The shadow higher education minister has written to Michelle Donelan. We have the letter here
I would like to thank you for our regular meetings and for your efforts to take opinions and listen to concerns from all areas of Higher Education.
In our last meeting we discussed the fact that many university students needed urgent financial help to cope with the extraordinary circumstances they find themselves in. You assured me you were confident that every university would be in a position to help every student in genuine need through its hardship funds. However, after speaking to universities and the NUS I do not share your confidence.
I am writing to you ahead of our next scheduled meeting because I am growing increasingly concerned by evidence that the financial support available through those funds is patchy, often inadequate and sometimes non-existent.
Some universities have now launched crowdfunding appeals to raise money after their usual hardship funds were overwhelmed by requests: Sheffield Hallam, University of York and the University of Greenwich have been named publicly.
Elsewhere students are falling foul of labyrinthine or seemingly perverse application criteria. For example Birmingham’s hardship fund for post-graduate students requires the student to have had a minimum average of £180 a week for the first 25 weeks of the year (up until 20 March) before their request will even be considered, which has locked-out those who need it most.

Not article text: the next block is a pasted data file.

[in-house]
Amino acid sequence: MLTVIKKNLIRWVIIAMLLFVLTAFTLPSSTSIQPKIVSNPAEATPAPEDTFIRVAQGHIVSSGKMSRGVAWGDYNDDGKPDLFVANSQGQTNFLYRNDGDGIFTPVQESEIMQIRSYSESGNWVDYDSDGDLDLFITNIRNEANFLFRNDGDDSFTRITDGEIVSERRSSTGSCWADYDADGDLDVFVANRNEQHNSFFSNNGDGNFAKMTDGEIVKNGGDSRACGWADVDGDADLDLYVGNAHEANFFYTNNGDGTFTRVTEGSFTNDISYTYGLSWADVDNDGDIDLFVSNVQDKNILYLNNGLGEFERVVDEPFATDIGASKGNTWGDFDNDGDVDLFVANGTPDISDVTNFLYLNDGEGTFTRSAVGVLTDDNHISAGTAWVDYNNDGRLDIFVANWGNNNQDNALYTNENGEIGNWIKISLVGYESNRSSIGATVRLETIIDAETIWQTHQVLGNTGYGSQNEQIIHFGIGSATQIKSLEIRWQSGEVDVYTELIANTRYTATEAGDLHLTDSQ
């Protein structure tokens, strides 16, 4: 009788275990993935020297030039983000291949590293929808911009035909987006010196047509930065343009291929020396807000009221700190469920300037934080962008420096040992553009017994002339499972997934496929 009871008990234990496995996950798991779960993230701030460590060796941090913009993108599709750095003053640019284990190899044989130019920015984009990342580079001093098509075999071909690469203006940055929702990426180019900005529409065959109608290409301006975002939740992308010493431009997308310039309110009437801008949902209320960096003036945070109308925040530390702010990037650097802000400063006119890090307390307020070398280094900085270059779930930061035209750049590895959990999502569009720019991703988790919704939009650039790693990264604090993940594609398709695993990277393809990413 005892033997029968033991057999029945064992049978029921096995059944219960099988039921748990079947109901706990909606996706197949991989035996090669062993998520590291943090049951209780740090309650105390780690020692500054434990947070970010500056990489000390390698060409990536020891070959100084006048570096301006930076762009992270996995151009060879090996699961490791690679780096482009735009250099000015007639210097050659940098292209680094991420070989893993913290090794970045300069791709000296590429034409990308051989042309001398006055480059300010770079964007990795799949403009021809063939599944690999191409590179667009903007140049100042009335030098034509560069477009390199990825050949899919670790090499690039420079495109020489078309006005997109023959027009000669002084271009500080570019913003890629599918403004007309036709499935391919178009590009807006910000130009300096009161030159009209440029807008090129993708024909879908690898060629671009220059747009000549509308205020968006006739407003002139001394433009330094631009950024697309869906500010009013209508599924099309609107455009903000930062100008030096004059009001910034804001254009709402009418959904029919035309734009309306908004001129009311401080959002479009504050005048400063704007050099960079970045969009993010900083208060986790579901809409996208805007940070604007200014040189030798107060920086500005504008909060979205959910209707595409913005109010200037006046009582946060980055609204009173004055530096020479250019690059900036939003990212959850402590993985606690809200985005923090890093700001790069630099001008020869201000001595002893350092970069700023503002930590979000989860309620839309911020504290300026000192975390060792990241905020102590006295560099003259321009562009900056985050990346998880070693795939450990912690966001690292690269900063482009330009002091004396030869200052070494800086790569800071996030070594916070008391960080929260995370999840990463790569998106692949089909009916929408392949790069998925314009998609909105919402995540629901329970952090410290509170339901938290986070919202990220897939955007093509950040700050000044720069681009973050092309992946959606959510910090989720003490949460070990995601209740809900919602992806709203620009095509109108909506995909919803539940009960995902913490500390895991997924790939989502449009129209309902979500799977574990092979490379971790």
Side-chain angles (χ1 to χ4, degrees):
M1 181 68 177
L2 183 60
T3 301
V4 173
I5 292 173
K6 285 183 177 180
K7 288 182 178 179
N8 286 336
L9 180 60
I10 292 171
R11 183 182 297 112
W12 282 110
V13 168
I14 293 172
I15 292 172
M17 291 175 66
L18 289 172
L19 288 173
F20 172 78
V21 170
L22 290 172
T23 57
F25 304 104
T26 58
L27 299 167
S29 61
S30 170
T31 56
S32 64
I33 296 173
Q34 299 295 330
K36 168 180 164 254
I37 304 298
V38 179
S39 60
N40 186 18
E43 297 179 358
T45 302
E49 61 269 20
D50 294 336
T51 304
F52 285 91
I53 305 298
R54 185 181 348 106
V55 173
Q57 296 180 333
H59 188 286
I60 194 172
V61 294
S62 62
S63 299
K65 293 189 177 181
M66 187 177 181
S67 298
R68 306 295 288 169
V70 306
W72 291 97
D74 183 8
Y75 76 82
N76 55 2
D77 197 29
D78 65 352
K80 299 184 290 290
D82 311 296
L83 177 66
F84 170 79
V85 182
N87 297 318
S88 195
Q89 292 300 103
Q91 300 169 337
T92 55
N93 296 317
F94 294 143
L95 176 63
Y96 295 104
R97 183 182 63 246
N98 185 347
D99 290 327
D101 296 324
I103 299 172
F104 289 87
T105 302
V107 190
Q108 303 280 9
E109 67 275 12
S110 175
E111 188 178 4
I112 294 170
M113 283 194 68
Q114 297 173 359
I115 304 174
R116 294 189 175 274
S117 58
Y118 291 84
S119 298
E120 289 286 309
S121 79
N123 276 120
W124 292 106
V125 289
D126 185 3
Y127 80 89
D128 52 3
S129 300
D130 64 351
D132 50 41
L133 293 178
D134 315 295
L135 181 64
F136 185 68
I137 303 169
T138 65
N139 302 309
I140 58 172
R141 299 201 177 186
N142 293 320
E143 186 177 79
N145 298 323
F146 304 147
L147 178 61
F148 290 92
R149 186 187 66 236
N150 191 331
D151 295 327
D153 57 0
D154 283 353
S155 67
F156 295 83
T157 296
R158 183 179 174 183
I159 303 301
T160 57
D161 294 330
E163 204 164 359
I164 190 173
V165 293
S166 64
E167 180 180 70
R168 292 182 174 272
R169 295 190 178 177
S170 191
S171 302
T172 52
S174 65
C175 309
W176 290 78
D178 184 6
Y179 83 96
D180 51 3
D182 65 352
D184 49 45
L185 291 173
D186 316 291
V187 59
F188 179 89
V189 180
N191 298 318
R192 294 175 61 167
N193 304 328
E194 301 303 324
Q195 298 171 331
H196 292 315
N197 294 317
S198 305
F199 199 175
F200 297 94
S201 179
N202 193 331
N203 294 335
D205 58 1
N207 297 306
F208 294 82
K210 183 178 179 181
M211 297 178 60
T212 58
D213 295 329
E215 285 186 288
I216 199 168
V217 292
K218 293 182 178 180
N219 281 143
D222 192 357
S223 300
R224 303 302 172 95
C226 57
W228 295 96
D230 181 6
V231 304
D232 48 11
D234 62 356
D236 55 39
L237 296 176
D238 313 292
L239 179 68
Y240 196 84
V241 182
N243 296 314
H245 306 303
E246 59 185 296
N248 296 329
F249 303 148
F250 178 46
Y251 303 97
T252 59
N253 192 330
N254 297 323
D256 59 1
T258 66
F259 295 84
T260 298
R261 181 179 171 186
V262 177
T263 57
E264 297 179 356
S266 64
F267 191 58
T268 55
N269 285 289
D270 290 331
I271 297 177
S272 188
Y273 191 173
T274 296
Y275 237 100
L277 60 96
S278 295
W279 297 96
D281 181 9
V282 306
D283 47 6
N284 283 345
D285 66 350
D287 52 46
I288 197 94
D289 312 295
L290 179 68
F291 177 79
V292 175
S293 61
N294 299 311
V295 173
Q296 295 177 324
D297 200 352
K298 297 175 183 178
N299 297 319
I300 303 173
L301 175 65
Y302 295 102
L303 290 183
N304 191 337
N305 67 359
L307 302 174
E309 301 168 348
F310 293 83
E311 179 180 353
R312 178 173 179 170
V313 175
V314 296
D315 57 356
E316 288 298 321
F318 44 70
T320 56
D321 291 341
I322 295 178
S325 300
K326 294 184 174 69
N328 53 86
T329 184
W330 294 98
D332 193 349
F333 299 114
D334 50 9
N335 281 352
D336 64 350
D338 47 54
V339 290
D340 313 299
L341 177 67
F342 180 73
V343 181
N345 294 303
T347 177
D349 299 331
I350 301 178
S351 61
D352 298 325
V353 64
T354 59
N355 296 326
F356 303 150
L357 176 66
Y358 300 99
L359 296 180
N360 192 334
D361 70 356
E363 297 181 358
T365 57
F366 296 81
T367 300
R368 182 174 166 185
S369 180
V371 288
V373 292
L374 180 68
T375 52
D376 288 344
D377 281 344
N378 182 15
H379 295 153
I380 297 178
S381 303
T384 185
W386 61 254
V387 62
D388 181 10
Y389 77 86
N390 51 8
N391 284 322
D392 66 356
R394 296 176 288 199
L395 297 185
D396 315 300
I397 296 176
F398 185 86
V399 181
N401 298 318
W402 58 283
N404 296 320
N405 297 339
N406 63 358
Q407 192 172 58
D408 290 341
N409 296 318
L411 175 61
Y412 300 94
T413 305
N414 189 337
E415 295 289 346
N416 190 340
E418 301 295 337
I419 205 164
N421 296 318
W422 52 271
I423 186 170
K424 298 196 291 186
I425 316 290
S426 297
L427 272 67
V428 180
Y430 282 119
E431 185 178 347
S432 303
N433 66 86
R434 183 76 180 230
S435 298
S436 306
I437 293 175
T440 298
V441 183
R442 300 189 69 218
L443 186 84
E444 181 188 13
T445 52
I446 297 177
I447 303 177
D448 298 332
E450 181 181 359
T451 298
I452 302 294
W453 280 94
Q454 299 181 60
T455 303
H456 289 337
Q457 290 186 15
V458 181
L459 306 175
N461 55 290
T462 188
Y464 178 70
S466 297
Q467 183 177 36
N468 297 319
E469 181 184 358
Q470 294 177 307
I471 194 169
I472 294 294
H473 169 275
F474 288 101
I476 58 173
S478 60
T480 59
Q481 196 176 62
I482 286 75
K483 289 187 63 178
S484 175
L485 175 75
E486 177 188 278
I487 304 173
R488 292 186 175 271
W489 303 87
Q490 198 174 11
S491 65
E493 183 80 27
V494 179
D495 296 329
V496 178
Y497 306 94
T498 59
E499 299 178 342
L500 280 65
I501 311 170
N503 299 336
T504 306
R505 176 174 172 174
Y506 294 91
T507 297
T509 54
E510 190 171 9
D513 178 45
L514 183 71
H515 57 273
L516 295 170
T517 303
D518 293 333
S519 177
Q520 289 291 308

I do not have to emphasise the fact that it will mostly be those students who have overcome the greatest barriers to get to university who will be affected the most. I have already heard concerns from those in the sector that the drop-out rate will be higher this year and the news I am hearing, about the failures of hardship funds to support all those who need help, adds to my worry.
Students without children cannot claim Universal Credit and the jobs they typically undertake are the casual, zero-hours jobs least likely to be offered furlough. It cannot be right for their welfare to be considered the sole province of individual universities, which under current circumstances means consigning it to the luck of the draw—a lottery which has left some unable to manage.
I would urge the Government to take a pro-active role and I would welcome any proposals for guaranteeing there is adequate financial provision for the young people who have been caught in this storm.
Shadow minister for higher and further education